A positive learning environment is an essential ingredient for students to succeed. We must proactively confront bullying and harassment in our schools and make suicide prevention a priority for MCPS. Doing so requires a collaborative approach among public and private partners in the community.

We must also be cognizant of the full range of environmental factors that influence students’ ability to excel. Many students of color — and from lower-income families in particular — lack the full range of wrap-around services that are available in more affluent neighborhoods. All schools, regardless of zip code, must offer the same high-quality opportunities. We should draw on the community school model to target additional resources, like therapy and healthcare, to under-resourced schools. As with efforts against bullying and suicide prevention, this effort involves MCPS itself and a meaningful partnership with other public and private entities, so that the holistic needs of our students are fully addressed.


Relieving our Teachers’ Economic Burden

The pressure on our teachers, as they contend with the demands of a dramatically increasing student population, also hinders student success. These increasing pressures including taking precious time away from classroom instruction to meet the artificial standards of excessive standardized testing. Also, thoughtless public relations stunts by elected officials like Governor Hogan, such as his unilateral mandate against opening Maryland’s public schools before Labor Day, dramatically impair the professional development and planning time that our teachers need to meet the needs of the 21st Century classroom. Proactive, sustained leadership is vital to reverse this harmful action. In addition, we must collaborate with our General Assembly Delegation to confront the Governor’s overall hostility towards public education.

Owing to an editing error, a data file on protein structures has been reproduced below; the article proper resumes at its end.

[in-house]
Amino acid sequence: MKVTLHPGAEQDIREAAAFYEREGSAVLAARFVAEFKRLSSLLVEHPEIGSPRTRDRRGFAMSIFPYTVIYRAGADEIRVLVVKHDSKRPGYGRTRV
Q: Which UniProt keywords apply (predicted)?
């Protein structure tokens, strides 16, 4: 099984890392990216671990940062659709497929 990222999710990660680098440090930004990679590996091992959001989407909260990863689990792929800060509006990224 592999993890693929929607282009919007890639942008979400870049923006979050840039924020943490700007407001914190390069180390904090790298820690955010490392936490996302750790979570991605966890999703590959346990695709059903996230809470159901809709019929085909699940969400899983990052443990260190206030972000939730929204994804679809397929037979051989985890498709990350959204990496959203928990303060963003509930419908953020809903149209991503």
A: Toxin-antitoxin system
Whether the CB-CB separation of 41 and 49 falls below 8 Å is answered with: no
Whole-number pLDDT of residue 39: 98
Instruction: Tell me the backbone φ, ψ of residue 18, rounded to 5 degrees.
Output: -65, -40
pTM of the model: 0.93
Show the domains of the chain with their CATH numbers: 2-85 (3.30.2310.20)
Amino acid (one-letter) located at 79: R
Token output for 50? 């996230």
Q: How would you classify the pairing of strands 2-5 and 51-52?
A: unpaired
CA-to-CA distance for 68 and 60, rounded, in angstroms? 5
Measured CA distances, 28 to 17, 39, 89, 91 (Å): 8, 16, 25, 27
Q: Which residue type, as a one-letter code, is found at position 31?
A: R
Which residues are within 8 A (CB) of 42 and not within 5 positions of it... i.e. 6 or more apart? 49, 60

Investing Equitably in our Schools & Alleviating School Overcrowding

Providing adequate resources for a quality education system in Montgomery County at a sustained rate, competitive with nearby jurisdictions, is a prerequisite for a stronger local economy. We must invest our education resources equitably, so that no student is held back for any reason, including where one lives in the County. In part, this requires a reexamination of the MCPS Capital Improvements Program (CIP), to make sure funds are applied strictly where and how they are most needed. It is also prudent for the Board of Education to acknowledge the importance of redrawing school cluster boundaries intermittently with the goal of using existing facilities more efficiently and equitably. In addition, we should re-examine our requirements for building new schools with an eye toward making new construction quicker and cheaper and we should consider reopening certain schools that were closed when MCPS enrollment was falling. Applying lessons, in whole or in combination, from the approach of other growing jurisdictions to address infrastructure challenges in the public schools will be essential to ensure we’re investing our money equitably and moving urgently to addressing overcrowding. The underlying goal must be adequate infrastructure conducive to a positive learning environment for every student.

Ben Shnider